Speaking to Al-Monitor, Bakri added that “the message the protesters wished to send through this sit-in was to contradict the belief that the protests represent a minority of Anbar’s residents.” Bakri believes that the response of the residents to the civil disobedience is the clearest reply, saying, “They have to know that we have the final word in Anbar, not the provincial council or the government,” he added.
Bakri noted that “the state employees did not fear the official threat; they boycotted their institutions even though they risked not getting paid.”
The cabinet warned the state employees Saturday in Anbar not to respond to the civil disobedience.
“We thought that the government would cancel the decision to postpone elections in Anbar. The city kept its preparations up two days prior to the elections. Maliki did not listen. The provincial council lost its legitimacy on April 20, 2013, the date that was set for elections. That’s why it does not represent us anymore,” Bakri explained.
In mid-March, the Iraqi government decided to postpone the provincial elections in the provinces of Anbar and Ninevah for six months, under the pretext of an unstable security situation.
Sarmad al-Taki, an Iraqi writer and journalist, believes that the “civil disobedience in Anbar has blown a hole in the plan of Maliki to drag protesters into violence.”
Taki told Al-Monitor that “Anbar is protesting in a modern way, despite being a rural, tribal environment. This is an action that would become a model followed in different Shiite regions of Iraq. Maliki ordered, few days ago, the military forces to engulf the protest squares and cut off food and water, which is a very dangerous sign. Maliki seems to be trying to test the power of the military in quelling protests that he might be facing in Shiite regions as a result of his improper policies.”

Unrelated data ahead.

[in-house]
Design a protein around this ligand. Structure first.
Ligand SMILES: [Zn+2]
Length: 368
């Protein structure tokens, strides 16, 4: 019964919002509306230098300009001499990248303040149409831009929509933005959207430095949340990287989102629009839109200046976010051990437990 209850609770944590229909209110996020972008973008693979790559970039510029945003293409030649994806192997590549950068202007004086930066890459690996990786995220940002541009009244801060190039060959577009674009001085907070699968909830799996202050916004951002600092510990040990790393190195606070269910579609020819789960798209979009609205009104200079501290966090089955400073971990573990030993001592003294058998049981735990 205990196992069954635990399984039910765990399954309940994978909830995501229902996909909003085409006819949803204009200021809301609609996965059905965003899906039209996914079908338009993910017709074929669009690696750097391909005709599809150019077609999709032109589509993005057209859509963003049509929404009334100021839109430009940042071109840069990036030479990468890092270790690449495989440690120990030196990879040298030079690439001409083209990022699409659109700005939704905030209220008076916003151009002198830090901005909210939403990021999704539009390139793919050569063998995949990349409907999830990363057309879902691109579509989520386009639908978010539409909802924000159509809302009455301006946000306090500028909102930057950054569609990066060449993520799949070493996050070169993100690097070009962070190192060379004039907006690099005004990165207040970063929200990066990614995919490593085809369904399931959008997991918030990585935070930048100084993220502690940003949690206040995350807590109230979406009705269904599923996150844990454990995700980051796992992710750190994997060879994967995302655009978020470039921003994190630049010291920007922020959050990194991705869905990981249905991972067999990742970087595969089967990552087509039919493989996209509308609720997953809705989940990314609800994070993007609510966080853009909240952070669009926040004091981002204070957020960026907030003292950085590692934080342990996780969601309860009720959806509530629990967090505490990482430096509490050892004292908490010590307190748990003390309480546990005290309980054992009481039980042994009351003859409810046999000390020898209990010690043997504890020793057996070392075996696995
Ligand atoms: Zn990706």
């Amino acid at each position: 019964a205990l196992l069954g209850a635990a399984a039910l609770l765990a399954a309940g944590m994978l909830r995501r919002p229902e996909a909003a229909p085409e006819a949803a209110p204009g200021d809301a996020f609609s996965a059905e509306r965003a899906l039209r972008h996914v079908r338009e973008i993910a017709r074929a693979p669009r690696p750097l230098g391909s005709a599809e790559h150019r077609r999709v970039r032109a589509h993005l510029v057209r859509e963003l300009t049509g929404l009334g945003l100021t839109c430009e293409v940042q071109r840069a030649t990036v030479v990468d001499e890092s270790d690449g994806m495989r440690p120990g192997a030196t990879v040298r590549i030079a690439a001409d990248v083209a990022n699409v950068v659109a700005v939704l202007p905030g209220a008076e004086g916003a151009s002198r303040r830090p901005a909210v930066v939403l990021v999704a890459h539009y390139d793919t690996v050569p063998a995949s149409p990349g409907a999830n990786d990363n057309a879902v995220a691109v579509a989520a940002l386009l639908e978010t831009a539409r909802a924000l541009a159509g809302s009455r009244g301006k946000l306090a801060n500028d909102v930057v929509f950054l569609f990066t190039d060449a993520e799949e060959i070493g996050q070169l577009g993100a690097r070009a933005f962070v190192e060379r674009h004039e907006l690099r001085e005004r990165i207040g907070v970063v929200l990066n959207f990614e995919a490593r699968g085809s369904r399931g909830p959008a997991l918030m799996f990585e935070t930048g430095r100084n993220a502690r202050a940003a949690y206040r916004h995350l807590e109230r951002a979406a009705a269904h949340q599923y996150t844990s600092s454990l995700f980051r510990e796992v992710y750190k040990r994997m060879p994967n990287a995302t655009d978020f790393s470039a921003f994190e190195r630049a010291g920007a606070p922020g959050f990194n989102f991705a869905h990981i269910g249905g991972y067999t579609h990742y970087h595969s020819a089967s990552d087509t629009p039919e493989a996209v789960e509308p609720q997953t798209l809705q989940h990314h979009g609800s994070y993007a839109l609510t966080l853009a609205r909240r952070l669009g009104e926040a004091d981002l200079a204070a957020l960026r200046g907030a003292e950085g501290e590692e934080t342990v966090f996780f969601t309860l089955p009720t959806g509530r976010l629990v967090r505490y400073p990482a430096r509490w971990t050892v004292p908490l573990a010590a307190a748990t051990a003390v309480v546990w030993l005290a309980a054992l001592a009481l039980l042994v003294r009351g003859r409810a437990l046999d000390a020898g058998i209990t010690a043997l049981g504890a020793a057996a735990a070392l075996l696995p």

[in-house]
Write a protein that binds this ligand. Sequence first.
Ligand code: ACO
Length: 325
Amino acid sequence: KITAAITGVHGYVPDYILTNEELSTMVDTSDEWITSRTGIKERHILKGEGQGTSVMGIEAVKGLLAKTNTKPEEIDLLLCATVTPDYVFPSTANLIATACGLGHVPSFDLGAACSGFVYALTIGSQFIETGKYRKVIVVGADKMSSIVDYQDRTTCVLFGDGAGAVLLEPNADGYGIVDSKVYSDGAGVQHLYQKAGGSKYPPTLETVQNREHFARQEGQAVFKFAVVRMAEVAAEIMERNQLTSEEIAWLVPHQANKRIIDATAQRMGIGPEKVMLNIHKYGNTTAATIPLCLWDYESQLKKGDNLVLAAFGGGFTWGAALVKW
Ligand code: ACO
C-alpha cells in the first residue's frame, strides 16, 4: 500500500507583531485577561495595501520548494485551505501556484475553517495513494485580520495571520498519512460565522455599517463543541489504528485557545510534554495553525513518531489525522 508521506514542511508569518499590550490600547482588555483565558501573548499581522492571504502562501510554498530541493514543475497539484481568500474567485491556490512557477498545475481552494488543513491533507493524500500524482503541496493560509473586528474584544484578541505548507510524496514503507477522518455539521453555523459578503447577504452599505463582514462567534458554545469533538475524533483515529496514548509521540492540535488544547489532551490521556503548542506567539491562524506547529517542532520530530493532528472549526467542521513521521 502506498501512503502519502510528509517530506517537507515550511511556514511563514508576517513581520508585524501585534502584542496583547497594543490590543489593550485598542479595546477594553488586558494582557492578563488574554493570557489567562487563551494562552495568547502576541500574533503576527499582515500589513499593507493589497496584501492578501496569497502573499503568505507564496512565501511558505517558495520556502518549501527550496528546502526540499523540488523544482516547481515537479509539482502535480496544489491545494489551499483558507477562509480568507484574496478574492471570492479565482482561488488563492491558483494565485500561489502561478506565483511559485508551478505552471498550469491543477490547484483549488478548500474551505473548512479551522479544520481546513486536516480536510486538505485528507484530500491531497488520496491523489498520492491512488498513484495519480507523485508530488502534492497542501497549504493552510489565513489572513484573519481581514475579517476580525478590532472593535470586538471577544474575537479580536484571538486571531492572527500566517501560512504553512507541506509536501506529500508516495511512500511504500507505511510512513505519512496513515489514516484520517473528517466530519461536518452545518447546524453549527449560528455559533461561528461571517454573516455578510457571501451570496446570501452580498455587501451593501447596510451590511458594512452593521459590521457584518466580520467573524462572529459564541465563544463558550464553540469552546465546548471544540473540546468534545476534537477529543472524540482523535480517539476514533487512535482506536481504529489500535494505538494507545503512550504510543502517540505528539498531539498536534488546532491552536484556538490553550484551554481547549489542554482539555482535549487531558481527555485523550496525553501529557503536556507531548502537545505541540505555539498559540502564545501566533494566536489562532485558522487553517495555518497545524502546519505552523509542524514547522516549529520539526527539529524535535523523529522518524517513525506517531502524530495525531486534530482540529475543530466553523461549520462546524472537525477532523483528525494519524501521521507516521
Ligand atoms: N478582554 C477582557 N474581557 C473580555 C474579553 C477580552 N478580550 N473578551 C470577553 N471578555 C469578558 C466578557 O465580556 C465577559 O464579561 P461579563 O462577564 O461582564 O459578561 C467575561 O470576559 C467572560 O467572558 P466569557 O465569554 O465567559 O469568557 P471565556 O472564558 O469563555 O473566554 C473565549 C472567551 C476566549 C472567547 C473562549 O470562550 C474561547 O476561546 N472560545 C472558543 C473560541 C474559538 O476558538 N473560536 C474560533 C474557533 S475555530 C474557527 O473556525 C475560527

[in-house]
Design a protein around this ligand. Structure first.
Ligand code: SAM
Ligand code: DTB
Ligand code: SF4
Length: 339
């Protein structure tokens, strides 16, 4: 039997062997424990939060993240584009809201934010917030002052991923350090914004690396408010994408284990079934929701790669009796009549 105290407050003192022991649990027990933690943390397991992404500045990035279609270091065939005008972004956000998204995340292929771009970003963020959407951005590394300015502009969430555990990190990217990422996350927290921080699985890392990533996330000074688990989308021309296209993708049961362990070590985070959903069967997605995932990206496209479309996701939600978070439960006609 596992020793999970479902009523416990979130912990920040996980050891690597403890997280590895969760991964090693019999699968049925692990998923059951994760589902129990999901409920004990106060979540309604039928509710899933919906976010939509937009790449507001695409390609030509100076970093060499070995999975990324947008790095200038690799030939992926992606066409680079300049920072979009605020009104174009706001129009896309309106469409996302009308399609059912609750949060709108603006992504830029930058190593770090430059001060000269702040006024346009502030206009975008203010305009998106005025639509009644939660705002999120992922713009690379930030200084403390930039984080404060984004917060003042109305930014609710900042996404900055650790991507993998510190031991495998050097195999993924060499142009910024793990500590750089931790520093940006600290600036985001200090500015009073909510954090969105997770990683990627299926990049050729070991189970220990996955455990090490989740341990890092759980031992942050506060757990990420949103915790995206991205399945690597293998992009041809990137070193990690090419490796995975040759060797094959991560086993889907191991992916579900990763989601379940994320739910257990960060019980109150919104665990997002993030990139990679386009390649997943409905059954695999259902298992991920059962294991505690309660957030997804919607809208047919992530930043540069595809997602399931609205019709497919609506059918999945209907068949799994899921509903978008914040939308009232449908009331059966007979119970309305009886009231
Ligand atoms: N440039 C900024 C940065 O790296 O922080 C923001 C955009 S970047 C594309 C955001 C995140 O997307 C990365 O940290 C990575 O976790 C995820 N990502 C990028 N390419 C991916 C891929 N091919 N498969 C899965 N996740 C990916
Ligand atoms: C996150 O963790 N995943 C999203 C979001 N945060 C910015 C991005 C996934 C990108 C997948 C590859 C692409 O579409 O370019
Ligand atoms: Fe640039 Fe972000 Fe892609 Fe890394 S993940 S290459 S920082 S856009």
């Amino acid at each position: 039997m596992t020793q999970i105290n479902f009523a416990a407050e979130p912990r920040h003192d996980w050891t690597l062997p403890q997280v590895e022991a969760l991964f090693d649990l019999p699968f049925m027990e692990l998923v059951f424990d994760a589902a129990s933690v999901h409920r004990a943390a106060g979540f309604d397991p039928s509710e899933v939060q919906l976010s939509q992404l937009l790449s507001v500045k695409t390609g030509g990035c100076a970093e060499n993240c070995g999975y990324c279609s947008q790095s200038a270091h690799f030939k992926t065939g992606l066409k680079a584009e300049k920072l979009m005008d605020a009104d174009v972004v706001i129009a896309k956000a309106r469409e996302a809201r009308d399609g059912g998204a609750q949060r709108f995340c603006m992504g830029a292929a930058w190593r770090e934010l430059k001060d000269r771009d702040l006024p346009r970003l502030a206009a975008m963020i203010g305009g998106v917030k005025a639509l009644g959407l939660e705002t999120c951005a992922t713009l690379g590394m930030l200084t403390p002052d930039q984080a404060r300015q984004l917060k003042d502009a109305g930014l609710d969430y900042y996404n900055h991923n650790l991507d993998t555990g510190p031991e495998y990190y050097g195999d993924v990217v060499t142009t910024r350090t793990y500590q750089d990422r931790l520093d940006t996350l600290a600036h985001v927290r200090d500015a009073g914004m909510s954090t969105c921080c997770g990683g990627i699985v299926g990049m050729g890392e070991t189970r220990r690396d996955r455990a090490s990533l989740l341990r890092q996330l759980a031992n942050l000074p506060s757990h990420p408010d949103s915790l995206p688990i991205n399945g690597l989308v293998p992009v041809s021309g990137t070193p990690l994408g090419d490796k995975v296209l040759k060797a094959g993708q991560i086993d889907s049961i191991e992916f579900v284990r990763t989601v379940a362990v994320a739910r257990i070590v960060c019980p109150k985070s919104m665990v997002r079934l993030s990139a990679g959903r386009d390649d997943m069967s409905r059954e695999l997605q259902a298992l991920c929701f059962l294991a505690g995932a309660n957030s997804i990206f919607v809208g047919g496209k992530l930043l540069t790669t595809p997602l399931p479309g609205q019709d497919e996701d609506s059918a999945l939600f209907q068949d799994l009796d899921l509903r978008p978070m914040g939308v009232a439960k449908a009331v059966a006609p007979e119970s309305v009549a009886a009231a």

Taki continues, “I came back from Anbar few days ago, after spending 72 hours in the protest square. I made certain there that the chances of a civil war were slim unless external interventions take place or the government acts impetuously. I visited a photograph exhibition where I read quotations from the era of the Arab renaissance. I talked to young people and discovered that they were virtual friends with me on Facebook and Twitter. They are modern, multilingual youth who speak rationally.”
Taki believes that “these are the politicians of the future; they are the safety net that keep the country away from violence.”
The Maliki givernment has been facing protests for months in many Sunni provinces and area. The protesters are demanding and end to violations against detainees, the release of innocents, the annulment of the counter-terrorism law, the enacting of an amnesty law, a change to the political process, an end to marginalization and balance within state institutions.
Omar al-Shaher is a contributor to Al-Monitor’s Iraq Pulse. His writing has appeared in a wide range of publications including France’s LeMonde, the Iraqi Alesbuyia magazine, Egypt’s Al-Ahaly and the Elaph website.